Sweatt v. Painter 339 U.S. 629 (1950) Mclaurin v. Oklahoma State Regents 339 U.S. 637 (1950)
SWEATT v. PAINTER 339 U.S. 629 (1950) MCLAURIN v. OKLAHOMA STATE REGENTS 339 U.S. 637 (1950)
Texas had established a separate law school for blacks; the state university law school thus rejected Sweatt, a black applicant. In McLaurin, the state university admitted a black to graduate study in education but made him sit in segregated classroom alcoves and at separate tables in the library and cafeteria. In both cases, state courts upheld the challenged segregation. In Sweatt the NAACP recruited some law professors to file a brief amicus curiae urging the Supreme Court to abandon the separate but equal doctrine and hold that state-sponsored segregation was unconstitutional. Eleven states supported the Texas position.
The Court unanimously held the practices of segregation in these cases unconstitutional, but it did not reach the broader issue. Chief Justice fred m. vinson wrote both opinions. In Sweatt he emphasized the intangibles of legal education: faculty reputation, influential alumni, traditions, prestige, and—most significant for the doctrinal future—a student body including members of a race that would produce an overwhelming majority of the judges, lawyers, witnesses, and jury members Sweatt might face. Assuming the continued vitality of "separate but equal," the new law school for blacks was not equal to the state university law school, and Sweatt must be admitted to the latter.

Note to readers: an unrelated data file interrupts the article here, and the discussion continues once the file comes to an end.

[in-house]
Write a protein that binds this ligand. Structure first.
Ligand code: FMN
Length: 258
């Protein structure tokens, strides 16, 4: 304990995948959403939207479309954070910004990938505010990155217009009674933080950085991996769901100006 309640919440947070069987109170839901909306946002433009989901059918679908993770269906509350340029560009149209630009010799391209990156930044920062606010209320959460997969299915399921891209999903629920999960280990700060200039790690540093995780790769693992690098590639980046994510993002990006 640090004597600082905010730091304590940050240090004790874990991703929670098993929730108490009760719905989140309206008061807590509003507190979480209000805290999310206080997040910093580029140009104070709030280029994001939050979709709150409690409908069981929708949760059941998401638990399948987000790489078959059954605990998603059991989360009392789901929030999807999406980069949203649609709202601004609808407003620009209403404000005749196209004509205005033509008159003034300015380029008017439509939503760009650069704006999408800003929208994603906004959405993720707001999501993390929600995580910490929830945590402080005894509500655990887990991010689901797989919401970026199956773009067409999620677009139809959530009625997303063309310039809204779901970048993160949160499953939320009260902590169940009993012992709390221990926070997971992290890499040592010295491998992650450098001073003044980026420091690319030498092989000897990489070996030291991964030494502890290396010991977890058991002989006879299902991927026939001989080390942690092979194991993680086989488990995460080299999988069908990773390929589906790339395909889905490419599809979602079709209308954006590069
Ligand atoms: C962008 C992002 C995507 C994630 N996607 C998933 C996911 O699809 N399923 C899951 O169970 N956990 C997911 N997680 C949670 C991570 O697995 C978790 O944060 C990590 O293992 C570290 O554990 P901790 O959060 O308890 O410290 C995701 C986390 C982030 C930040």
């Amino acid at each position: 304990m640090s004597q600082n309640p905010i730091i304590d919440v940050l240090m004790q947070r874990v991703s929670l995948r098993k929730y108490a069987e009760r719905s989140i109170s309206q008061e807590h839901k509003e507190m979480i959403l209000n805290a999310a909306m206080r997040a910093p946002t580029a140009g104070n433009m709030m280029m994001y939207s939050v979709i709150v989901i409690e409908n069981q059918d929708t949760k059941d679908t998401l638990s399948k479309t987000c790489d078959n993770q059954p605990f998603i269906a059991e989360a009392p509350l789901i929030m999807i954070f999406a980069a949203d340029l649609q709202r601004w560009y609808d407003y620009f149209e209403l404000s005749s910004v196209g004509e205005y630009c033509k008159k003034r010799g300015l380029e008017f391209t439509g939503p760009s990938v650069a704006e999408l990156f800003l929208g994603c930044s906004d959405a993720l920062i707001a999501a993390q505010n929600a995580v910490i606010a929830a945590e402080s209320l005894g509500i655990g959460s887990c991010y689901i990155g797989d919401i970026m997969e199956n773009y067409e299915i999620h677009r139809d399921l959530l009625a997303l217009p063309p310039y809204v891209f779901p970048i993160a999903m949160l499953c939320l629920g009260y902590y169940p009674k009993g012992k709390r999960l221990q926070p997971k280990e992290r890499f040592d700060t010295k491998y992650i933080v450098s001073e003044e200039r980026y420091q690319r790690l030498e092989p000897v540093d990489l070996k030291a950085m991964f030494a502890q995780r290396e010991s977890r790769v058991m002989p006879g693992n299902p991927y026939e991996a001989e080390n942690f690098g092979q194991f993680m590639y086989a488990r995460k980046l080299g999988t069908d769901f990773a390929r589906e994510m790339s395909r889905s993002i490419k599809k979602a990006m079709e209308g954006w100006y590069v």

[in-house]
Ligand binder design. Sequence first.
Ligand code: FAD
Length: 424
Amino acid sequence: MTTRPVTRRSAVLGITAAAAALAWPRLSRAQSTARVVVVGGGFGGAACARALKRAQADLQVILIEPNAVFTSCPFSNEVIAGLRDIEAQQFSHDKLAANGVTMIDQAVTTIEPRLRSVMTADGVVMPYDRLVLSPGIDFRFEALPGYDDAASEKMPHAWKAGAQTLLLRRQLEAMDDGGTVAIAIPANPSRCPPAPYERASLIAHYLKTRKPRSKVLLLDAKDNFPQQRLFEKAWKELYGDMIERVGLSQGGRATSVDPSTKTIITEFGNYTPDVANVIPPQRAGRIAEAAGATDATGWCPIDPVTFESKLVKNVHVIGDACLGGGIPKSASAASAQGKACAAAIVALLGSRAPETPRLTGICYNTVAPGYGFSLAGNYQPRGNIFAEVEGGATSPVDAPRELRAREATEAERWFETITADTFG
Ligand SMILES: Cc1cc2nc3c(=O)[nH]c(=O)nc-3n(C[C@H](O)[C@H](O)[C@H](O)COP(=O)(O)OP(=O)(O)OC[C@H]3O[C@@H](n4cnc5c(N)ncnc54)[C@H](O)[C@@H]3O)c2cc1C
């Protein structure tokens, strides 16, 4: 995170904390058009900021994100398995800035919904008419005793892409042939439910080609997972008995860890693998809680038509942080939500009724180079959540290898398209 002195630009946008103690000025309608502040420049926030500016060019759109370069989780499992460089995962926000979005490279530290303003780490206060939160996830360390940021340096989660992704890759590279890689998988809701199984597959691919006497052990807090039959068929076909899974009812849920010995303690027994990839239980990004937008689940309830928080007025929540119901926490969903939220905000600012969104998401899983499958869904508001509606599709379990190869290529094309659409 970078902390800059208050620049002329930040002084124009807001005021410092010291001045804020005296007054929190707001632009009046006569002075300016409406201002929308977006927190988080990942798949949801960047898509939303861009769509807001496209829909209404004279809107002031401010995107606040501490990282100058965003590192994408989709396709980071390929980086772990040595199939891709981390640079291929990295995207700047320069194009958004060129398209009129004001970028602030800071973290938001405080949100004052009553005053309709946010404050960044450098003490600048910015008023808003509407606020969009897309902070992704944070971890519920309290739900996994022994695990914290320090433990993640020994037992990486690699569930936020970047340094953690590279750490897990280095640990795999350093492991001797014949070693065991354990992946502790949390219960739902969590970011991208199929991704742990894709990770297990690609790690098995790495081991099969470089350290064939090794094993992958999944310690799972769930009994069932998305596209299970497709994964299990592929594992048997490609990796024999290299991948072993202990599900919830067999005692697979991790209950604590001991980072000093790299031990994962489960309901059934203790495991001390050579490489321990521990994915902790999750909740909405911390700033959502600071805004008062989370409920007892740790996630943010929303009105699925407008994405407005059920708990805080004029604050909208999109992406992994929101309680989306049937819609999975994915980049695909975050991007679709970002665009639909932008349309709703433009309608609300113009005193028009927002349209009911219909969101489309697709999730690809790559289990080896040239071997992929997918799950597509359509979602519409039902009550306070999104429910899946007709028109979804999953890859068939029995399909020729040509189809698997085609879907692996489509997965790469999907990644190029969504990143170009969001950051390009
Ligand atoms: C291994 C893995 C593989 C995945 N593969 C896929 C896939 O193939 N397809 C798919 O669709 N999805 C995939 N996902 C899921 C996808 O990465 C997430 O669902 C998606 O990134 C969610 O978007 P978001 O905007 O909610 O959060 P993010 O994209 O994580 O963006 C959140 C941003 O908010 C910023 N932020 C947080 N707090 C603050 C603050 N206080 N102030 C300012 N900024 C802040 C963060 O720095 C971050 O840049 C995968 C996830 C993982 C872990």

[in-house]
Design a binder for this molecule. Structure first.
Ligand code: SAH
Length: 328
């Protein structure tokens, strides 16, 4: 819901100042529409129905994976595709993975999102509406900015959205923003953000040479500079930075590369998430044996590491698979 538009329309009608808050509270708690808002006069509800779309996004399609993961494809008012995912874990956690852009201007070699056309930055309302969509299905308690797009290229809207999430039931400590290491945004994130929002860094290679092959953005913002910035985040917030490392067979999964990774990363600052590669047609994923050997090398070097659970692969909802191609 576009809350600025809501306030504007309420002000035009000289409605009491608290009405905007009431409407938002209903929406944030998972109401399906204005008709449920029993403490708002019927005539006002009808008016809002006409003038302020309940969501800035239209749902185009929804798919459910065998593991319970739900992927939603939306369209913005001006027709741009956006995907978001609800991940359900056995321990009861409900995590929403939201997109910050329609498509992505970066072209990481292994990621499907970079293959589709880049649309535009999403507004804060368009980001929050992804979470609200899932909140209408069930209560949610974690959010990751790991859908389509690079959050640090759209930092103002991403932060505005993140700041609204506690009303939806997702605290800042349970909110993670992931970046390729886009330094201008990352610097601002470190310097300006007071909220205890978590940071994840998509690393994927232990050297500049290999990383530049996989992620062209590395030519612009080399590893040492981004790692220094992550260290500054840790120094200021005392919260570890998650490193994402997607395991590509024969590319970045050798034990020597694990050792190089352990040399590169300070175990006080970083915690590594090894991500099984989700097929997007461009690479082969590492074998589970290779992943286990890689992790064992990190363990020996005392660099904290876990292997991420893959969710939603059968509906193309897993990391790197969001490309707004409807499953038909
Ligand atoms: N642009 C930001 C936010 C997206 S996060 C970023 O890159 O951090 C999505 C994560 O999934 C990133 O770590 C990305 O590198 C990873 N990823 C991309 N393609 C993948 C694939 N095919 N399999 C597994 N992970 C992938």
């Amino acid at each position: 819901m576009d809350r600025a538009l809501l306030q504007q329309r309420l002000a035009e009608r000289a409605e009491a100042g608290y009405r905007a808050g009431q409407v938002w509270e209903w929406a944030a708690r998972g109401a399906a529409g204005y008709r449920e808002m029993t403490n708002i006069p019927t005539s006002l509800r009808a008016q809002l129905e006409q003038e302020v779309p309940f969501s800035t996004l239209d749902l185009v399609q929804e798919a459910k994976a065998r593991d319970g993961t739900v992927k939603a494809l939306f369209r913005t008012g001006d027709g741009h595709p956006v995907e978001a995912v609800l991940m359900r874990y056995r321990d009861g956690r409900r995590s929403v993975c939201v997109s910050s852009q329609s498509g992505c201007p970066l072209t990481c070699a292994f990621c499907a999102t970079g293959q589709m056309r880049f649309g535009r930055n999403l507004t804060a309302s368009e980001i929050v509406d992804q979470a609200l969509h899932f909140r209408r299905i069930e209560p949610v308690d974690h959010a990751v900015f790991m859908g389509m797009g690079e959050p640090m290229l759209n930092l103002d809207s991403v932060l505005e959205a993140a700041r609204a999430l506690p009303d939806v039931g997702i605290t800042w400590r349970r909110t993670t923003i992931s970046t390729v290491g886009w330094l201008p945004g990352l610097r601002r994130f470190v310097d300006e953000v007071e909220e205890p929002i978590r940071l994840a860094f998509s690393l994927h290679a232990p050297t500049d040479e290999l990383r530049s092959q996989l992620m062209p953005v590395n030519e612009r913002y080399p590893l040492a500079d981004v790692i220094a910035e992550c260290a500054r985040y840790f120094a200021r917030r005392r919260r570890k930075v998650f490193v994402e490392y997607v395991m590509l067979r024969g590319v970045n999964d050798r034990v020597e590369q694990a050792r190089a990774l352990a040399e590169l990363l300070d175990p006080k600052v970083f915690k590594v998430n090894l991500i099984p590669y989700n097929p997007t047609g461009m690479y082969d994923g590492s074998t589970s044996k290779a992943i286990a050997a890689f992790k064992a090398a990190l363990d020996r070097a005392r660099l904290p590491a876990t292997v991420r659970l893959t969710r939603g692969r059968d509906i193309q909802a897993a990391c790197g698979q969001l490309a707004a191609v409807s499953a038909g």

The McLaurin opinion, too, avoided direct attack on the separate-but-equal principle, but it sapped that principle's foundations: segregation impaired McLaurin's ability to study and learn, to discuss questions with other students and be accepted by them on his merits; thus the state must lift its restrictions on him.
In neither case did the Court discuss segregation's stigmatizing effects. In neither did the Court consider any asserted justifications for segregation. The only question was whether segregation produced significant inequality; affirmative answers to that question ended the Court's inquiries. Taken seriously, these decisions must lead—as they did, four years later—to the conclusion that racial segregation in public education is unconstitutional.
(See brown v. board of education.)
Kenneth L. Karst